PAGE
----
An unnecessarily stressful financial experience can leave a patient significantly dissatisfied. It can influence a patient’s attitude toward health care long after the encounter is over. The financial experience deserves the same attention from health care leaders as the clinical experience.
Commitment must come from the top
Telling consumers what they can expect to pay out-of-pocket for health care isn’t easy. Technology, logistics, and training are among the obstacles. But the biggest obstacle to embracing consumerism may not be operational at all — it may be leadership ambivalence. Some leaders are concerned about what the public will see when the veil is pulled back on prices. Others worry about the impact of transparency on prices that have been negotiated with health plans.
When we asked a group of finance leaders at a recent HFMA Revenue Cycle Conference how well their organizations are addressing price transparency (defined as giving patients information about their out-of-pocket financial responsibility), only 25 percent said that they were addressing it well.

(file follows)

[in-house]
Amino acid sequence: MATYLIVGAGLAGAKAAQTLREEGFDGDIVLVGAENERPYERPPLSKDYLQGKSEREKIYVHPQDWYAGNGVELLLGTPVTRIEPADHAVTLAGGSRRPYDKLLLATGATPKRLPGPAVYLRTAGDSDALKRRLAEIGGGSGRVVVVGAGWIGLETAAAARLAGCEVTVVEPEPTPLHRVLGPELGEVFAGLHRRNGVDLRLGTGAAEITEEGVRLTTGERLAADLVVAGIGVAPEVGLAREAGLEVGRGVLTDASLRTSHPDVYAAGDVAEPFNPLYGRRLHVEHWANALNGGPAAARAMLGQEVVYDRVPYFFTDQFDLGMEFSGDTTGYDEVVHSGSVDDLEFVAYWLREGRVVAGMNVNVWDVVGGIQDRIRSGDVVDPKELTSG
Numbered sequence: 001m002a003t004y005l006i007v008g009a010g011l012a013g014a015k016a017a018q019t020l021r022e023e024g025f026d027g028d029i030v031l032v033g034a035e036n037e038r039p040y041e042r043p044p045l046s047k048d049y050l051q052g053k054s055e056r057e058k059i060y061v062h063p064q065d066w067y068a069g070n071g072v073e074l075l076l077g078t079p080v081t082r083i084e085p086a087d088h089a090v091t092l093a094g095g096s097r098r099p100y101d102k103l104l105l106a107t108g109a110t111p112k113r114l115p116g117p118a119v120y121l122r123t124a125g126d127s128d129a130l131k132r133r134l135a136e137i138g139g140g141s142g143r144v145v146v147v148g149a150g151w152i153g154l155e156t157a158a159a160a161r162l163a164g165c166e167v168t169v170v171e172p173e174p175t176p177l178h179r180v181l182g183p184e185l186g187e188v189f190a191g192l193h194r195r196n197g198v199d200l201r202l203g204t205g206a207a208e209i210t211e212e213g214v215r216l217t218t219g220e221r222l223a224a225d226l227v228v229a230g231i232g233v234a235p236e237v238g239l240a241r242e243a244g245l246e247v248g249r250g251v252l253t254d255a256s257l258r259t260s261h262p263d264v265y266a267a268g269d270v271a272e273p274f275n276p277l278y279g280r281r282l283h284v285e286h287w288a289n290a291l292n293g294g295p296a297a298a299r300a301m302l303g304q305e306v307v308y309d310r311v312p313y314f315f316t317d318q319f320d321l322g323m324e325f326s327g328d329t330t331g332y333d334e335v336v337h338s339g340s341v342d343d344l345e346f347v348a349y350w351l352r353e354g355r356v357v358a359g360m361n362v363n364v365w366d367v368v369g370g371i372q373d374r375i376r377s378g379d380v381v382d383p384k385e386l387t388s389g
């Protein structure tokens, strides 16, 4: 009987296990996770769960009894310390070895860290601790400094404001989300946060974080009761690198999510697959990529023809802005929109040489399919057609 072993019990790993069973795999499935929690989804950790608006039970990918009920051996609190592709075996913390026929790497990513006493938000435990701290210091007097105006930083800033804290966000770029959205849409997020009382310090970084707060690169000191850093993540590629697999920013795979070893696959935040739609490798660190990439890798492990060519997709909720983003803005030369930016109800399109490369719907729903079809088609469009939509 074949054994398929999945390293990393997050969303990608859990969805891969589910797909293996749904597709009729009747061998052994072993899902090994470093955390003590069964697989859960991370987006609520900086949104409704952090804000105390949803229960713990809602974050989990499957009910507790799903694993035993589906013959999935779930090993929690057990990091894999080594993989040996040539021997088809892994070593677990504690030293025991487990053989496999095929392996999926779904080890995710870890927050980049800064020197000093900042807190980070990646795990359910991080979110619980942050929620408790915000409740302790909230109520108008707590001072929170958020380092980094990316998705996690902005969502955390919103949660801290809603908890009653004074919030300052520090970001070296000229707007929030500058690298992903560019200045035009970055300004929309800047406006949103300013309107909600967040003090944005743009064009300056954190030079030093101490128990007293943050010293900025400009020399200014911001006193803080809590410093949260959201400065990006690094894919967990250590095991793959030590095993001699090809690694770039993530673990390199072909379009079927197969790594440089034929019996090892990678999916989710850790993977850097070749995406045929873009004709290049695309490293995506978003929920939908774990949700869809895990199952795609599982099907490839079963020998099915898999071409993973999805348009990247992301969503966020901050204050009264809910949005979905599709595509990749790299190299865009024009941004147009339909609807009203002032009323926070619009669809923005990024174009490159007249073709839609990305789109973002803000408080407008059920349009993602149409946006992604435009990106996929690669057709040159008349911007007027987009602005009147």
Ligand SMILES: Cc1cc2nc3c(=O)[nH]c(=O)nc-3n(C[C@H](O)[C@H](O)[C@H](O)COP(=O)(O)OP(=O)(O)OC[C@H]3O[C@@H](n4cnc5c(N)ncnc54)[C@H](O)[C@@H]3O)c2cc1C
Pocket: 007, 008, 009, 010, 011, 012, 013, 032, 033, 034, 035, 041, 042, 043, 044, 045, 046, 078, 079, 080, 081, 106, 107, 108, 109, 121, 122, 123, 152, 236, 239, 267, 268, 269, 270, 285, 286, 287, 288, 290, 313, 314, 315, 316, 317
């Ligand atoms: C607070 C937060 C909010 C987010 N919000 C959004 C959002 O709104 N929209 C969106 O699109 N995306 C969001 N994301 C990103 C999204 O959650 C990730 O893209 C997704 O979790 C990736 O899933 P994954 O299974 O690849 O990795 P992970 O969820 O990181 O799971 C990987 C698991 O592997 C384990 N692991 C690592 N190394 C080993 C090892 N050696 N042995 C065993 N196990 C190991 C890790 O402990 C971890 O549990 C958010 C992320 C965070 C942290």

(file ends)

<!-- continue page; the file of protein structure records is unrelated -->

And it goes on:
Yet if we phrased the question differently — if we asked them if they have a patient-centric approach to revenue cycle — most would say they do. In my experience, the term “patient-centric” has been overused to the point where it’s losing its meaning. What will it take to put some substance behind that claim? For starters, top leadership must realize what is at stake with consumerism. As the health care market becomes more like retail markets in terms of ease of shopping for price or value, hospitals and health systems will face increasing competitive pressures, not only in relation to their peers but also with retail competitors. Some retail competitors are already providing consumers with access to price information on smartphones and via mobile apps.